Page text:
• Flammable substances sign via Wikimedia Commons; public domain
    • Explosive substances sign via Wikimedia Commons; public domain
    • Gas pressure hazards sign via Wikimedia Commons; public domain
    • Corrosive substances sign via Wikimedia Commons; public domain
    • Oxidizing substances sign via Wikimedia Commons; public domain
    • Toxic substances sign via Wikimedia Commons; public domain
    • Health hazard sign via Wikimedia Commons; public domain
    • Hazardous substances sign via Wikimedia Commons; public domain
    • Environmental hazard sign via Wikimedia Commons; public domain
    • Eyewash sign via Wikimedia Commons; public domain
    • Emergency shower sign via Wikimedia Commons; public domain
    • Fire blanket sign via Wikimedia Commons; public domain
    • Fire extinguisher sign via Wikimedia Commons; public domain
    • Ionizing Radiation sign via Wikimedia Commons; public domain
    • Laser Radiation sign via Wikimedia Commons; public domain
    • Explosive substances sign via Wikimedia Commons; public domain
    • High Voltage sign via Wikimedia Commons; public domain
    • No eating or drinking sign via Wikimedia Commons; public domain
    • Nonpotable water sign via Wikimedia Commons; public domain
    • Do not enter sign via Wikimedia Commons; public domain
    • No smoking sign via Wikimedia Commons; public domain
    • Corrosive Substances sign via Wikimedia Commons; public domain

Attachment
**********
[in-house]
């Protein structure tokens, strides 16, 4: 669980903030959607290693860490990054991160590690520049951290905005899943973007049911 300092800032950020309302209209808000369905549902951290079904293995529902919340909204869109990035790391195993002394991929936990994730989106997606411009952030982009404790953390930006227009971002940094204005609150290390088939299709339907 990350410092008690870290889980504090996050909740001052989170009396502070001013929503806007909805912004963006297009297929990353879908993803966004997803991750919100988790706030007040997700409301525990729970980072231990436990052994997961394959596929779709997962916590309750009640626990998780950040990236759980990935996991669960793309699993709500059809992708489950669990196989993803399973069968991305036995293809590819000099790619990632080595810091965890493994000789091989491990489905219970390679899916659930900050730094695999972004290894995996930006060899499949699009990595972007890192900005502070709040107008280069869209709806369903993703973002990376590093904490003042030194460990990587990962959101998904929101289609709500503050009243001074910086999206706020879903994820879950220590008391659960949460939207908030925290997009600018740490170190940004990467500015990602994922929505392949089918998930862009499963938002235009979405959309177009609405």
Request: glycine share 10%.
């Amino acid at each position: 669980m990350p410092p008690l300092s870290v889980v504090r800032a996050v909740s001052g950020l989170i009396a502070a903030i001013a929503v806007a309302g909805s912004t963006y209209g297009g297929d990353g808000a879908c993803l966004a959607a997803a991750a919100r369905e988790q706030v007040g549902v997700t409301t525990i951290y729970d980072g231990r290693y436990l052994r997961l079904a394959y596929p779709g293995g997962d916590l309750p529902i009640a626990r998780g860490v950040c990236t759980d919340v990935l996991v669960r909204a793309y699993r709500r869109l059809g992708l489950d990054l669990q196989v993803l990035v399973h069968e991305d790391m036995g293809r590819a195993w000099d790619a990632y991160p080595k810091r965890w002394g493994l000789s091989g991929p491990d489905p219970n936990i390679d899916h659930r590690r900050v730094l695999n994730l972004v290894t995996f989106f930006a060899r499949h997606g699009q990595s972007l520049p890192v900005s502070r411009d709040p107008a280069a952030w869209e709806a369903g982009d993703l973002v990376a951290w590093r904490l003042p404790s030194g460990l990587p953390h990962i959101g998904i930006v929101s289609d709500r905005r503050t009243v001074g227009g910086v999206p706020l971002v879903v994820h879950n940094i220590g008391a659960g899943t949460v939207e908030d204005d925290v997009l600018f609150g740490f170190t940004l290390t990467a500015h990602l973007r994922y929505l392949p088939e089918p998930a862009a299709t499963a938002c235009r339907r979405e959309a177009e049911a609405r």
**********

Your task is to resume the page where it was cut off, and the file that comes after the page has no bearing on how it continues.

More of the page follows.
• Poisonous substances sign via Wikimedia Commons; public domain
    • Oxidizing material sign via Wikimedia Commons; public domain
    • Highly flammable substances sign via Wikimedia Commons; public domain
    • Emergency call button sign via Wikimedia Commons; public domain
    • First Aid sign via Wikimedia Commons; public domain
    • Automated heart defibrillator sign via Wikimedia Commons; public domain
    • Ionizing radiation sign via Wikimedia Commons; public domain
    • Use protective eyewear sign via Wikimedia Commons; public domain
    • Use protective handwear sign via Wikimedia Commons; public domain
    • NFPA 704 warning sign sign via Wikimedia Commons; public domain
    • Health Hazard sign via Wikimedia Commons; public domain

    This page titled 2: Lab Safety and Laboratory Notebook is shared under a Public Domain license and was authored, remixed, and/or curated by Nathan Reyna, Ruth Plymale, & Kristen Johnson.